The Universal Translator Blog is a sub-project of the LCARS 47 Development Project, a unique freeware canon accurate LCARS application suite.

Wednesday, May 22, 2013

Ferengi Writing, Part 2

In part one I discussed how Ferengi writing works in relation to mapping the spoken word to symbols. In this section, we will look at how those words are put together to make coherent texts.
Ferengi is written from the centre outwards in horizontal, diagonal and occasionally vertical lines. Usually the centre of a text is marked with a hexagon, however, a Ferengi alliance symbol or word may also mark the centre of a text. The hexagons and the alliance symbol represent nine different categories of text; they are:

  • Ferengi government text or certification
  • Uncategorised text (may also be written with no hexagon present)
  • Important/urgent text
  • Unimportant text
  • Personal text/letters 
  • Inventory
  • Receipt
  • Danger/warning text
  • List or informative text
Not all Ferengi text has a central hexagon; some texts simply have a line of text serving as a title in the centre. Labels generally consist of one line of text, read right to left, or two lines on top of each other, radiating from the centre line, the topmost read first.


Writing direction
  The direction of Ferengi writing is dependent whether or not text is radiating from one or both sides of a centre point. Where text radiates from a central point in two distinct blocks, the text on the left side of the centre point will be read first, starting approximately from the top, reading outwards to the left and downwards. Most lines of text are read away from the centre, however some lines, radiating off a primary sentence, are read towards the centre (within the grammar of the Ferengi language, they are usually the objects of a sentence). On the opposite side of the centre point, text is read in the opposite direction.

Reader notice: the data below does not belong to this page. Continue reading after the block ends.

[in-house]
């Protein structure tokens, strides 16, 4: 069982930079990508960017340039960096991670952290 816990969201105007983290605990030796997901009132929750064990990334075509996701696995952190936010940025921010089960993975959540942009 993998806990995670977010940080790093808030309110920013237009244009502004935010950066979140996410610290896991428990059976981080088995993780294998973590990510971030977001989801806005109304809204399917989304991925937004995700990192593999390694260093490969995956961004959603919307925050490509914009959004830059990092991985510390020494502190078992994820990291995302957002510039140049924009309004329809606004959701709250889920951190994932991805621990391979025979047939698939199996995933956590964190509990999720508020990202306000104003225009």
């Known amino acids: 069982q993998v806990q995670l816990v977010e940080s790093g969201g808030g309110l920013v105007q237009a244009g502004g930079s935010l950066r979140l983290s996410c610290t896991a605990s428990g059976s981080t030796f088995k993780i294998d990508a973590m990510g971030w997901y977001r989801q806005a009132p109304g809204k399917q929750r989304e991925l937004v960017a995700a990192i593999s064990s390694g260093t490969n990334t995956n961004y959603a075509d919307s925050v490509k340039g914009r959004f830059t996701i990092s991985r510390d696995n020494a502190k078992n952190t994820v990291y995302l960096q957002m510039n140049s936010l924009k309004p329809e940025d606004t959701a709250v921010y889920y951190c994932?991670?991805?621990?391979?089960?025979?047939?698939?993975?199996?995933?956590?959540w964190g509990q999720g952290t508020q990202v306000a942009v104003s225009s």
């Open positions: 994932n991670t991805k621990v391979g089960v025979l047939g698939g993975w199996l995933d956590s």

Part 3 (Which hopefully won't take as long to publish), will deal with the numbers.

The Return

I've been absent for quite a while now, I know. I'm sorry! However, I am back now. So in due course, I'll continue the Ferengi language data today and then on from there.

Friday, September 21, 2012

Cardassian Alphabet - Part 3 (the numbers)

Here is my final post (for now), about Cardassian; as promised, I said I would discuss numbers, well here they are:

Cardassian uses ten of the letters of their alphabet for numeral glyphs, however they are usually flipped in relation to the rest of a text. Where it is necessary to distinguish numbers from letters, three dots in a triangular formation are used as a numeral determinative to mark the following glyphs as numbers.